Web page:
The Henneberry home on Warfield Street.

                                                   Betty (Knights) Henneberry

    My grandfather owned a lot of land in the Warfield Street vicinity. He left some of it on this side
    (the side toward the airport) to my father and the other side to my aunt. My father sold the
    land that became the airport. My house was the last one on this side, and the land went down
    to where he put Thayer Street in. He gave us the deed to the lot where we built our house, but
    to be honest this isn't where I wanted to go. I wanted to go look at houses and buy one, but I
    never told him that. I couldn't turn down his offer.

    My mother was a Goodnow from Mendon. We had many relatives in Mendon years ago, but
    now Warren Goodnow is the only one left.

    This was a nice, nice neighborhood. We all had children the same age, and we were all
    friendly. I'm the only one left on the street from those days. Well, the Blatzes and me. I
    remember the Wilcox, Chilson and Fitzgerald families from when I was a kid. The Chilsons
    raised their grandson, Stanley Tiernan, who became a well-known runner in this area. The
    Albees and the Thayers also lived in this area. We were somehow related to the Thayers.
    When Clara Thayer died, it was in her will that her house and land would go to her nephew,
    Howard Thayer, but if he didn't want it, it would go to my father. Of course Howard took it.

    I had two sisters, twins, Theda and Thelma, who were several years older than me. Their
    married names were Theda White and Thelma Smith. Theda was my mother's middle name. I
    also had a brother, Davis. He was three years younger than me. Davis was my Grandmother
    Knghts' maiden name. I was a twin also, but my twin died at the age of three months.

    I was born in the older house across the street, and later we moved to 374 South Main Street,
    which was where I grew up. The people at this end of town weren't treated very well by the
    people in the center of town. It was worse for my sisters than it was for me. I can remember
    them coming home crying because of some little thing. It was better by the time I was in
    school; not great, but better. By the time my brother went to school, it was much better. I can't
    say they weren't good to us, but you knew there was a division.

    I'd sometimes go to the South Hopedale Branch Library. It was in different homes at different
    times. I remember that Connie Jones had it in her home on Mellen Street at one time.

    Our house on South Main Street didn't have an indoor bathroom when we were first there, but
    my father was a plumber and he put one in.

    My sisters had gone to the South Hopedale School for some of their elementary schooling.
    That was closed by the time I started school. For some of my elementary years I went to the
    Chapel Street School, and for others I went to Park Street School, and for fifth through eighth
    I went to Dutcher Street.

    We were near the town lines of Mendon and Bellingham, which was where my closest friends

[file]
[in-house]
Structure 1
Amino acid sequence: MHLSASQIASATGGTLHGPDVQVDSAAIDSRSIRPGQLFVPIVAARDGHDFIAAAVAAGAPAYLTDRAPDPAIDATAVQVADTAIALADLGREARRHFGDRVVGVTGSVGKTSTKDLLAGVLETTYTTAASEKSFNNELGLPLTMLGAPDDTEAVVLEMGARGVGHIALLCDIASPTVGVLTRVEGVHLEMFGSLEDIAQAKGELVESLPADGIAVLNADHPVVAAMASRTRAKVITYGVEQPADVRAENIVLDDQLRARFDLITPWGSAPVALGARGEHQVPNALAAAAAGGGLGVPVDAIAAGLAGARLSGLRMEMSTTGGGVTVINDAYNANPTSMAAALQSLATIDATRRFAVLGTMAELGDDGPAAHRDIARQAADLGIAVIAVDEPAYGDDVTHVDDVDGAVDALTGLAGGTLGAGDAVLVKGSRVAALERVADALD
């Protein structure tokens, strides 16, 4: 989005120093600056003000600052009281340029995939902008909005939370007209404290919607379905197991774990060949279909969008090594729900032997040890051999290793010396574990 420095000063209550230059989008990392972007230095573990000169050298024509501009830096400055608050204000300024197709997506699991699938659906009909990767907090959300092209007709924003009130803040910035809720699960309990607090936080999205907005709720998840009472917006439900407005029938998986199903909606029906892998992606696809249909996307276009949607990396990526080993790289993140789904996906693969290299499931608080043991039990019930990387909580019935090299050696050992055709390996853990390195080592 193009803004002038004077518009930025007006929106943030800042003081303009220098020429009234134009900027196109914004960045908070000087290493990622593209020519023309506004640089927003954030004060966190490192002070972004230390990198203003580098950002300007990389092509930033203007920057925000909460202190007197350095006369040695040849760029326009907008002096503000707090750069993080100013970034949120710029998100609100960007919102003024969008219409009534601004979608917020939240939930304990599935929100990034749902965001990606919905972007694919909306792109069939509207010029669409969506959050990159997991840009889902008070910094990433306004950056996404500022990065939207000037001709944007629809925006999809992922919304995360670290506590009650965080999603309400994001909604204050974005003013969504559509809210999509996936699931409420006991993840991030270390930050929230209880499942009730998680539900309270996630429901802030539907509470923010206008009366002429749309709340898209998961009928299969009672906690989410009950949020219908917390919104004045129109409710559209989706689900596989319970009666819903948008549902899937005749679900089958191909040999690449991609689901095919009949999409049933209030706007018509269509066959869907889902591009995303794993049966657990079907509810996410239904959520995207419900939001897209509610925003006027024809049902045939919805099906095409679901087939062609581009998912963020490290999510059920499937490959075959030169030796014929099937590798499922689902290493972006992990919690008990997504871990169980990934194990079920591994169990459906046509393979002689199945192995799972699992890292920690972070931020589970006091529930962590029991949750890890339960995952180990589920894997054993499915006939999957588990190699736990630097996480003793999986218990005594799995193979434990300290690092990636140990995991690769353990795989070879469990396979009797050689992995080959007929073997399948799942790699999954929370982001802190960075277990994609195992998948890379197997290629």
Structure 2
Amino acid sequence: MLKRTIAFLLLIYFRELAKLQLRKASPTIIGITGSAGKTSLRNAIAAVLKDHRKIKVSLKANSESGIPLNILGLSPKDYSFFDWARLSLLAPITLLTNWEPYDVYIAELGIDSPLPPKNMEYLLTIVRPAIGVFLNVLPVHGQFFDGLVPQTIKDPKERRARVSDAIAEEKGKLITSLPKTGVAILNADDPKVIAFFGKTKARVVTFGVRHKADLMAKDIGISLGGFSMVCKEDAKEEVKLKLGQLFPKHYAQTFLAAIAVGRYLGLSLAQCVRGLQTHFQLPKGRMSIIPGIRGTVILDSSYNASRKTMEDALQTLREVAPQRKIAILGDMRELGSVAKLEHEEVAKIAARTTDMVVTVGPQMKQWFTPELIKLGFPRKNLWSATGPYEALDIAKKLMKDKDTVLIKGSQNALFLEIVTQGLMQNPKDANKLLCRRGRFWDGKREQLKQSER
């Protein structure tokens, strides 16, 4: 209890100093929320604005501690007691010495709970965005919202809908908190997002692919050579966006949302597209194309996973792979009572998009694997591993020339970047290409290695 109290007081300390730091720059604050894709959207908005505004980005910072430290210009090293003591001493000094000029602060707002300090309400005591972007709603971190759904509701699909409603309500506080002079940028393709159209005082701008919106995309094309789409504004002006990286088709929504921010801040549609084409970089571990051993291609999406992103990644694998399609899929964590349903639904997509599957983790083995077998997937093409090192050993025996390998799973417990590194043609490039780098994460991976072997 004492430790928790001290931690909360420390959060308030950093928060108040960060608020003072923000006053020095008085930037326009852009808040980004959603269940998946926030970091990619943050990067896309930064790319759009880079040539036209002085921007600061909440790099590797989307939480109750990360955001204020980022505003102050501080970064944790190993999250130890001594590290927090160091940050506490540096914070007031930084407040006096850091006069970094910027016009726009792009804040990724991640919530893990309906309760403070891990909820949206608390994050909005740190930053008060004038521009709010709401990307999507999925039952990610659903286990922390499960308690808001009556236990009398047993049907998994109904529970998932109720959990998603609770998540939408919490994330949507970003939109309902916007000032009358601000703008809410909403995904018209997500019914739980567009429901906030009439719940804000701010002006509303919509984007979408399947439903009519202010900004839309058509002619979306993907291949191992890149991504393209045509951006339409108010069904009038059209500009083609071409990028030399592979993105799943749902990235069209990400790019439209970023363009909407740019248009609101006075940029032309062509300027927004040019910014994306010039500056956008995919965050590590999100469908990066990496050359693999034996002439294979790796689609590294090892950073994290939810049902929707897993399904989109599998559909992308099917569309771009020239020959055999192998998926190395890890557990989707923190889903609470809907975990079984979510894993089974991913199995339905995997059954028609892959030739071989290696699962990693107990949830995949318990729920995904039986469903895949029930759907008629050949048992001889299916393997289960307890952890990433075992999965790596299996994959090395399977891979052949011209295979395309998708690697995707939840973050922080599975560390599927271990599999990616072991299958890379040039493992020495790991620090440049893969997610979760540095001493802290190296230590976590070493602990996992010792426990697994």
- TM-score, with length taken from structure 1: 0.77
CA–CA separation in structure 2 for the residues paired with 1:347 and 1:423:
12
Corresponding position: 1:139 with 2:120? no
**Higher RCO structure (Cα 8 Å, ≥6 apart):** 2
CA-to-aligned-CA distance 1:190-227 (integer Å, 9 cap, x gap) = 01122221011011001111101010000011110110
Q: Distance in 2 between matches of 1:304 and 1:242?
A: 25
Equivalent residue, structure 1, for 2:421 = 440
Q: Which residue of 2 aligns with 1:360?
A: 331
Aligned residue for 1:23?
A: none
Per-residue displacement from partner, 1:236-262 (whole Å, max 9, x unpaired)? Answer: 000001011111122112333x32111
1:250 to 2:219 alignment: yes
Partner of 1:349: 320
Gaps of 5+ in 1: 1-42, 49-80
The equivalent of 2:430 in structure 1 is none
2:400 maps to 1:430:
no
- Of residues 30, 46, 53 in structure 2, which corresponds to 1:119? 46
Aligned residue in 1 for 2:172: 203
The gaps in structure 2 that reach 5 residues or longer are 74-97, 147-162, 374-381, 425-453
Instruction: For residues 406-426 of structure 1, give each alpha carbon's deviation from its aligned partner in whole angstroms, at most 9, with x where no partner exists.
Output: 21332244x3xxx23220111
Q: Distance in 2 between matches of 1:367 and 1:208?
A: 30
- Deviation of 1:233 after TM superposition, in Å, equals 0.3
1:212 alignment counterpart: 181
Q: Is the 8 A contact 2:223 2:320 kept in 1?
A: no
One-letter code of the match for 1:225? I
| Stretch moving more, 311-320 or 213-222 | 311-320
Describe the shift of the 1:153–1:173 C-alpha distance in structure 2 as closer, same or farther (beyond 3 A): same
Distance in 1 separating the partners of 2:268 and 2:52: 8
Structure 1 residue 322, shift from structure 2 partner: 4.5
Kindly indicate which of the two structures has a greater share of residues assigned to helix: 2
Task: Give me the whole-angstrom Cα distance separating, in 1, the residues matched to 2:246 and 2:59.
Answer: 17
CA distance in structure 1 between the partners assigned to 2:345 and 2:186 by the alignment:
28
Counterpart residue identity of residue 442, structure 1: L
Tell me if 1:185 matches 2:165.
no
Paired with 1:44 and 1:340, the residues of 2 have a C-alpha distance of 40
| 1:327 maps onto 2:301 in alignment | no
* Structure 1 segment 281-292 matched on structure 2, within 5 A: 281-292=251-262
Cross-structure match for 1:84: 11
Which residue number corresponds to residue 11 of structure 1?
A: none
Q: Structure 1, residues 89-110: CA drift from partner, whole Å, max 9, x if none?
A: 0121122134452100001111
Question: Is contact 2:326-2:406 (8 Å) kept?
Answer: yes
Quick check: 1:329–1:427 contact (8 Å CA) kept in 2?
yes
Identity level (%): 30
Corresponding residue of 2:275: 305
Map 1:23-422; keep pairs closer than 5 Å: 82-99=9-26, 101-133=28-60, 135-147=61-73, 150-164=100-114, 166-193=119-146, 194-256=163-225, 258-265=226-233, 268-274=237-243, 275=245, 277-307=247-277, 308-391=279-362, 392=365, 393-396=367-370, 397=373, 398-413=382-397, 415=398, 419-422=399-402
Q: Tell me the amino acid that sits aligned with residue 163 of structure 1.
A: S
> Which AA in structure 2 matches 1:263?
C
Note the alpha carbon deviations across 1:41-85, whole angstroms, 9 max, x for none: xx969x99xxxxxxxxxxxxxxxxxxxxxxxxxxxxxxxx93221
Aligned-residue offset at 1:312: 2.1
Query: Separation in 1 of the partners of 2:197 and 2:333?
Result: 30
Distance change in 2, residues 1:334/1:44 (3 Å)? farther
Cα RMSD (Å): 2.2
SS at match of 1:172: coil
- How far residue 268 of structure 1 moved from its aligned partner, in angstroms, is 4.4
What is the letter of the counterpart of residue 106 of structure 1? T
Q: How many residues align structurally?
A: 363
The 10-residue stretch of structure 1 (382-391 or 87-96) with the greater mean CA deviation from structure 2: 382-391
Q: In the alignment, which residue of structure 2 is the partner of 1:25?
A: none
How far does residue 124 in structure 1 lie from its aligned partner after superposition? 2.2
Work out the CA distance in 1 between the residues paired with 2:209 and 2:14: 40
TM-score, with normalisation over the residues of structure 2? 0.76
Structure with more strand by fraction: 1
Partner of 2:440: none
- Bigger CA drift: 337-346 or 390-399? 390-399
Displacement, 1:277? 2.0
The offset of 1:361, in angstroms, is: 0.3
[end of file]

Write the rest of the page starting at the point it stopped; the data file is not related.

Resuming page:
were from.

    Howard Thayer had a grocery store in Bellingham. He would go to the houses around here
    and take orders. Then later he'd deliver the groceries. That continued up until the war. During
    and after the war a lot of things changed. By that time, my mother was doing her shopping at
    the First National in the center of Milford. She always drove as far back as I can remember.

    I don't remember what kind of fuel was used for our kitchen stove. I remember that it was
    always hot. My favorite cake that my mother made was a two-layer cake with chocolate

    When I was a kid, all the girls thought Chet Sanborn was wonderful. At the Dutcher Street
    School when we'd go to the park for recess, the girls would be thrilled when Chet was at the
    intersection to get us safely across the street. He was always very nice to us. All the cops
    were nice. Of course the kids were good then too. (YouTube video of Chet tapping maple
    trees at Memorial School.)

    My favorite subject in high school was English. I had a very hard time with geometry. I talked
    to the principal, Mr. Dennett, about it, and he suggested that I switch to the business course.
    When I tell people that the whole school would begin the day in one room they're surprised to
    hear it. It was called the main room and it had desks for more than 100 students. We had
    rhetoricals where'd have to get up and give a memorized talk to the whole school. I was a little
    nervous, but not too bad. Some kids really suffered over that. Dexter Whiting passed out
    when he was up there for his speech.

    The Minasians had a gas station on 140 at the intersection of Hartford Avenue. They lived at
    the house behind the station.

    We went to church at the Green Store. Every Sunday a minster from one of the Milford
    churches came to do the service. Different ones took turns. I went to Sunday school there,
    along with most of the Protestant kids from this end of town. My kids did, too. You got a good
    religious training there. One of my sisters taught Sunday school. Myla Thayer was very active
    in the church. I think she was the one who really kept it going. Eventually they were able to get
    their own minister.

    During World War II, long convoys of Army trucks would sometimes be seen traveling along